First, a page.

The low conversion rates are mirrored by high abandonment rates, with new data from remarketing firm Cloud.IQ showing that during January the abandonment rate for smartphone users on ecommerce sites was 84%, compared to 72% on tablet and 68% on desktop.
The question is, what can be done to reduce basket abandonment on mobile? In truth a large proportion will continue to drop out simply because they use mobile for product research, however there are still ways of shortening the purchase journey on mobile so shoppers are nudged towards a conversion rather than dropping out.
To give some inspiration for mobile designers, I’ve rounded up some of my favourite UX features from various mobile commerce sites and apps that might help to limit user frustration and abandonment rates.
Blood cancer charity Anthony Nolan launched a new responsive website last year as the proportion of traffic from mobile devices began to creep up to 50%.
The revamp has led to impressive increases in traffic and conversions, as well as reductions in the site's bounce rate.
To find out more about what was involved in the move to responsive design, including the project duration, budget, agencies involved and the impact on visitor behaviour, I spoke to Anthony Nolan's digital marketing manager Sam Butler.
For more information on how charities are adapting to digital, read our blog posts on three content strategies from the non-profit sector as well as looking at how charities use Twitter and Pinterest.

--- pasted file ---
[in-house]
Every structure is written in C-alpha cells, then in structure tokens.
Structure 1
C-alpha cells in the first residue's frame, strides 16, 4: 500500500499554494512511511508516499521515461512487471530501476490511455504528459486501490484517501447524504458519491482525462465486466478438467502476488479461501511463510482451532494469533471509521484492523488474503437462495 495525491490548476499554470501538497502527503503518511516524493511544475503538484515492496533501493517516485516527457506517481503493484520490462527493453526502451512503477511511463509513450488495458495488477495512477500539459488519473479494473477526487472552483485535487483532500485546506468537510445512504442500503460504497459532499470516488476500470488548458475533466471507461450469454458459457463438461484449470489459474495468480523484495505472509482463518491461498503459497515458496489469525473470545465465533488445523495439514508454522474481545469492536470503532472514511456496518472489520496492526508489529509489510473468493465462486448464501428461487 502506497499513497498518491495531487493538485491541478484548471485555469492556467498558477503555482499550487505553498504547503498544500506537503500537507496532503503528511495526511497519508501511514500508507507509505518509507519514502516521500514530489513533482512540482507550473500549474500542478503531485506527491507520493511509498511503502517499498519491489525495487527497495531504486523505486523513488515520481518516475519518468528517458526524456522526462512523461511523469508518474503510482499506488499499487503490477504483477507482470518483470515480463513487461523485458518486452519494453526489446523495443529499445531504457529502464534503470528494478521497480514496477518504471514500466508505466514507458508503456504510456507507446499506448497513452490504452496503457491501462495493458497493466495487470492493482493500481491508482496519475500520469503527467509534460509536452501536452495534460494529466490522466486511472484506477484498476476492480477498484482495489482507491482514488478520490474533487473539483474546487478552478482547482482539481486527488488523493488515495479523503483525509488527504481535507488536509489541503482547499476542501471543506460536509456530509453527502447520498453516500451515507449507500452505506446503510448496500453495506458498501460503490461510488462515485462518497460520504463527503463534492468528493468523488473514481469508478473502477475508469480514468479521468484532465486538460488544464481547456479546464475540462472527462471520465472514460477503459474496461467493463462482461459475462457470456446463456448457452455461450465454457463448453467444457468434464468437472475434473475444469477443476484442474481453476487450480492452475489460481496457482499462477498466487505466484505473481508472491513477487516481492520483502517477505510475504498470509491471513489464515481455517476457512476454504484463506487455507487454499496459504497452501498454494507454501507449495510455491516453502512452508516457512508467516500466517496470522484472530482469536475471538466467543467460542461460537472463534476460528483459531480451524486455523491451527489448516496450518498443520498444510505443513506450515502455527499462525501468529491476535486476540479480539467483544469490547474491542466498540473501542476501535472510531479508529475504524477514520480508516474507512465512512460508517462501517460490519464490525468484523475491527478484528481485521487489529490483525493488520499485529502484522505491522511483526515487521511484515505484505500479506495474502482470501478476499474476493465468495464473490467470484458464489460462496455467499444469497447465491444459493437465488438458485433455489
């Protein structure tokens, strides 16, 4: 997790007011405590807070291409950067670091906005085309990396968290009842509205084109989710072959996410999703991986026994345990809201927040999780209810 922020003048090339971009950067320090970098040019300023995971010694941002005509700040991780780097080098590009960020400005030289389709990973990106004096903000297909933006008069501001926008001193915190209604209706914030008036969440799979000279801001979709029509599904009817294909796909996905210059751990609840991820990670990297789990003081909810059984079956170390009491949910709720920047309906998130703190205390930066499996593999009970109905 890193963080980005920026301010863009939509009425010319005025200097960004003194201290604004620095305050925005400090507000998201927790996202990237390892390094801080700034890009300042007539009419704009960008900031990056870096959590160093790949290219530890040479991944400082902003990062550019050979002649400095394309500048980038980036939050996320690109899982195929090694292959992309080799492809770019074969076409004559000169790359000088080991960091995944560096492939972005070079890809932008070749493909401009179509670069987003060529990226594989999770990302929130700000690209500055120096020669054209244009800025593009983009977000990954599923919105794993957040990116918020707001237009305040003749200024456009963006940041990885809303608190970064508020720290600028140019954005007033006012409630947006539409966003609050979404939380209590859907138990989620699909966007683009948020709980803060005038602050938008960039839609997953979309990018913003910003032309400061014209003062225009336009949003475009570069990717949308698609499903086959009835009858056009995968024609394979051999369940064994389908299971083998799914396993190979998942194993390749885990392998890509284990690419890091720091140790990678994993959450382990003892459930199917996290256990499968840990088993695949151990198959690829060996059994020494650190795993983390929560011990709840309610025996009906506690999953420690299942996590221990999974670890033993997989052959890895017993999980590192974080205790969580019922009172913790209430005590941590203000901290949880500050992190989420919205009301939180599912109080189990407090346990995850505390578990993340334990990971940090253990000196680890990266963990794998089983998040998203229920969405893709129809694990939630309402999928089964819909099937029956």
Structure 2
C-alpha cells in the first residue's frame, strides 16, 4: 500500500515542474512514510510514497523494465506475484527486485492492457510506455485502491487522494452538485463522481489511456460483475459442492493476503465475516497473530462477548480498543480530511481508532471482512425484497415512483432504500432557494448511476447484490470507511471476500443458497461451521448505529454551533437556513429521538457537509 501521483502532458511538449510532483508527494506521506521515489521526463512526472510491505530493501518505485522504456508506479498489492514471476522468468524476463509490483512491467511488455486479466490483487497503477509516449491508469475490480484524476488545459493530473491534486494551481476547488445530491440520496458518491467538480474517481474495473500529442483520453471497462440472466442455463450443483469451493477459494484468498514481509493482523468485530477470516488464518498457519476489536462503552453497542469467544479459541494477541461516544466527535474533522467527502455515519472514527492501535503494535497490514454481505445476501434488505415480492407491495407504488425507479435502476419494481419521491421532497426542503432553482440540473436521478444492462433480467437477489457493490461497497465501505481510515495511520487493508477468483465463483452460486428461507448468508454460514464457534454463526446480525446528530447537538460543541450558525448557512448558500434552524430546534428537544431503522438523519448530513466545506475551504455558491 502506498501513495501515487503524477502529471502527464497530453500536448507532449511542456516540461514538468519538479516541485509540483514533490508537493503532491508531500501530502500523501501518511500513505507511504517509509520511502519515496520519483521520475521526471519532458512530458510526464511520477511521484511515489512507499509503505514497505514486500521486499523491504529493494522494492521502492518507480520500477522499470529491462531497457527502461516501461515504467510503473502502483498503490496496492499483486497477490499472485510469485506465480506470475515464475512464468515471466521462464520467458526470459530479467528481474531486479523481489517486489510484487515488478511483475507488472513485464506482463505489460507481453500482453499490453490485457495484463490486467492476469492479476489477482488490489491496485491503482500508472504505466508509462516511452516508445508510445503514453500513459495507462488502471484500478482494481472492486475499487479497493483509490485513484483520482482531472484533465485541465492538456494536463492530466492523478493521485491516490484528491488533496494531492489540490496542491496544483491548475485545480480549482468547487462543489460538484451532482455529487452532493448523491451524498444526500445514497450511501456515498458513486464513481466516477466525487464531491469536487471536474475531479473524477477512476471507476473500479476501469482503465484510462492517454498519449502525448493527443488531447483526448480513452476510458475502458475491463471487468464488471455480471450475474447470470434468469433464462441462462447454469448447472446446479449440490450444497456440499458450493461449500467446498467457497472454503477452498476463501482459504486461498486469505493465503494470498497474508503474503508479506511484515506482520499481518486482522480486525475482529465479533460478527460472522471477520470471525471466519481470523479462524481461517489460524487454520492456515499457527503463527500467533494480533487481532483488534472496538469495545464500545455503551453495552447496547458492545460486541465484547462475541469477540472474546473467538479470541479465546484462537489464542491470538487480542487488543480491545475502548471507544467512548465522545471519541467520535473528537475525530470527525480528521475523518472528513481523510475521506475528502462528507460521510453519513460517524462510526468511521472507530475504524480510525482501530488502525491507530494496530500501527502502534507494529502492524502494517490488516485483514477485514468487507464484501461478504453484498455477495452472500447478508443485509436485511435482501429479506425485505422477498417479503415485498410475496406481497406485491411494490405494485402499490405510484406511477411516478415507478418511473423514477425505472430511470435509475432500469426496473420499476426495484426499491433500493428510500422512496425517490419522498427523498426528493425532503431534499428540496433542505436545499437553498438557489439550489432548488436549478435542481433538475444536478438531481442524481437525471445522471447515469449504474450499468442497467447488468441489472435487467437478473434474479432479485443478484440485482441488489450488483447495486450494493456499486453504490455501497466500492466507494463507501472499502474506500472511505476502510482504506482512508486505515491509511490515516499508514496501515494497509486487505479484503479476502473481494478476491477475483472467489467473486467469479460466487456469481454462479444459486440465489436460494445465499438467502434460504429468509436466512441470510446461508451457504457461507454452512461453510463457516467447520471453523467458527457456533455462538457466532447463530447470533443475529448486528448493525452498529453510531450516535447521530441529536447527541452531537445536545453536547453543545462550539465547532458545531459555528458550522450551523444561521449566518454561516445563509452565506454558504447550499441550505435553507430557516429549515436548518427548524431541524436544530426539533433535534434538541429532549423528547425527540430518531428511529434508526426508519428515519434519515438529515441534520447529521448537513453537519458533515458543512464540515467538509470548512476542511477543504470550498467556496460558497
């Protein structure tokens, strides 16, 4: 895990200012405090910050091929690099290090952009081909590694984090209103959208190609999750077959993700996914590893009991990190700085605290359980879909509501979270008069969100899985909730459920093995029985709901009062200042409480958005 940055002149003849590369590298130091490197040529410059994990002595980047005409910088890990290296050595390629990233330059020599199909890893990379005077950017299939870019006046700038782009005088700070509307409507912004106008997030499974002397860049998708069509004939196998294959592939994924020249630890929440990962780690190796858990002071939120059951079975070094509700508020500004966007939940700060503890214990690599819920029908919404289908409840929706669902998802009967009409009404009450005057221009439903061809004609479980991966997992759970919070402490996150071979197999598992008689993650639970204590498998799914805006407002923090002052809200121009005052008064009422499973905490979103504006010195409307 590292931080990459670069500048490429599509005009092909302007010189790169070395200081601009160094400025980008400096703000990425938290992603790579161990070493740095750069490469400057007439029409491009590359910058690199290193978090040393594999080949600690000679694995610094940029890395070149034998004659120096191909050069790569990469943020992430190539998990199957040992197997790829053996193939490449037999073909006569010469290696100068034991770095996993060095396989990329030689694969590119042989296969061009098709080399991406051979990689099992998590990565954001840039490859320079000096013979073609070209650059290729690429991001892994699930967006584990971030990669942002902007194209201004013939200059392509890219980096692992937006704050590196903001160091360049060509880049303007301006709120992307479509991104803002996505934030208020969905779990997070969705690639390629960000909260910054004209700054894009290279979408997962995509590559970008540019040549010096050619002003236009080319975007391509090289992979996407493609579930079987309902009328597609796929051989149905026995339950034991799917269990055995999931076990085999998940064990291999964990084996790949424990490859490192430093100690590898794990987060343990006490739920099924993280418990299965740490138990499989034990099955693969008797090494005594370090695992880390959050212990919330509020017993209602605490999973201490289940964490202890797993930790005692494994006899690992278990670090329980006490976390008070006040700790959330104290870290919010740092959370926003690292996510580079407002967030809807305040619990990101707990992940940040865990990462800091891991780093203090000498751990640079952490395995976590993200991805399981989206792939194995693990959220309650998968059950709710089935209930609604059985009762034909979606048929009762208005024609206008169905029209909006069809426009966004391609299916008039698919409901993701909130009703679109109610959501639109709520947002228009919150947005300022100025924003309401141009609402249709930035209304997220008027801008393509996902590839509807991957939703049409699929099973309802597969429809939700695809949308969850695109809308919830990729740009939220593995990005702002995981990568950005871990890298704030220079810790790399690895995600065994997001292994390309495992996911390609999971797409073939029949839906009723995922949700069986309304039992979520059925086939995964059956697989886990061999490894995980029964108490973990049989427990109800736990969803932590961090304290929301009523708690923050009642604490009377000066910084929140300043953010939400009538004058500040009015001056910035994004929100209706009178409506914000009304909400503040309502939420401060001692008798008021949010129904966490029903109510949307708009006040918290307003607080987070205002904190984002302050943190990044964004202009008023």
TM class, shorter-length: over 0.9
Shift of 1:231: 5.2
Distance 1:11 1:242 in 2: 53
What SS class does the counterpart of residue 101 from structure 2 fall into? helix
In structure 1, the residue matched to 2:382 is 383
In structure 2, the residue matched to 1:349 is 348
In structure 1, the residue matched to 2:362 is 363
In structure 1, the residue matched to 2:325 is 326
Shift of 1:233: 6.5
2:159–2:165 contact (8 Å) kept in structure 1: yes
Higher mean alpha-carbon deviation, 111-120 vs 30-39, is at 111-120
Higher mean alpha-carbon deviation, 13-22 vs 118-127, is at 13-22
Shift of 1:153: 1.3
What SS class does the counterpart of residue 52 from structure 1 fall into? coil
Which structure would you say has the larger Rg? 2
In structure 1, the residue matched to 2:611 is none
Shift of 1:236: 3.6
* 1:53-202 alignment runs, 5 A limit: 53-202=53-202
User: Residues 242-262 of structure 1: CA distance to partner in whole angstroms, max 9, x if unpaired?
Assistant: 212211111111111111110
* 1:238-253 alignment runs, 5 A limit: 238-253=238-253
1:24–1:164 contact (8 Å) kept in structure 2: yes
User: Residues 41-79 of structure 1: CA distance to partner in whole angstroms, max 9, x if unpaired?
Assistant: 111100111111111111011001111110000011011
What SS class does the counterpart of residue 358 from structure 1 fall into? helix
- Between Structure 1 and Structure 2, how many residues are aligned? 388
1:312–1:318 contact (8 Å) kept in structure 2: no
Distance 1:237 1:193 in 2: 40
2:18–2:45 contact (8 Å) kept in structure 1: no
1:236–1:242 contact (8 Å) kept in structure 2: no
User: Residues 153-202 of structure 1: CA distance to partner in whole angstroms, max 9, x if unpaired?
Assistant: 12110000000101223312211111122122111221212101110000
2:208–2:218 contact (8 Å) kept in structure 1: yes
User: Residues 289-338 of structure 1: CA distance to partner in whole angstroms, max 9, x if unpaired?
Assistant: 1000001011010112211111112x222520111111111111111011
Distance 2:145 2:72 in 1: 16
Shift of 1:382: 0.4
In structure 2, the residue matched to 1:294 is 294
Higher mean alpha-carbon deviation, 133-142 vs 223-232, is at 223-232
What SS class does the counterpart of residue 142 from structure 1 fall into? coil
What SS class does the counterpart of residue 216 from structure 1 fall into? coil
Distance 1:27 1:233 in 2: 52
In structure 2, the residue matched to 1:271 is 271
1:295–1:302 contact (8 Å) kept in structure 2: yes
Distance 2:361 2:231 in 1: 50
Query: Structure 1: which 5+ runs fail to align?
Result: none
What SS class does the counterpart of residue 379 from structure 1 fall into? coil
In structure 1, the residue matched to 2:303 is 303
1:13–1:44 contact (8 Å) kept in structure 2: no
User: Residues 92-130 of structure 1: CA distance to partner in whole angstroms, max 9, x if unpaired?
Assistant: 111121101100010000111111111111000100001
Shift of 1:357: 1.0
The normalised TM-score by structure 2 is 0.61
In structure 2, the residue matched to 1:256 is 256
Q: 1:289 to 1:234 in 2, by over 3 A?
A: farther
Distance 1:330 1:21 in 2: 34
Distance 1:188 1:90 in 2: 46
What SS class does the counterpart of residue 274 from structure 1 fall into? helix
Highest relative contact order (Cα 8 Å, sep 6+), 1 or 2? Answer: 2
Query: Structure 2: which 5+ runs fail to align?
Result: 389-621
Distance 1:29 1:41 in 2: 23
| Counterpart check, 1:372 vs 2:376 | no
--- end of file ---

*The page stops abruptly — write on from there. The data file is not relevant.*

What's the greatest Valentine's Day gift a person could ask for? Why, it's a round up of digital marketing stats of course.
This week it includes click-and-collect, second screening, loyalty apps, Google+, UX testing and Facebook's relationship with TV.
And for more digital marketing stats, check out our Internet Statistics Compendium.
Consumer electronics shoppers usually spend a lot of time researching products before they eventually make a decision, which typically involves looking at upwards of 14 sources of information.
This includes searching for advice from consumer publications such as Which, comparison sites and customer reviews.
Organic and paid search is therefore an extremely important tactic for gaining brand exposure during the purchase journey.
There is a mix of competition within this sector as manufacturers, specialist suppliers, ecommerce brands and multichannel retailers attempt to improve market share.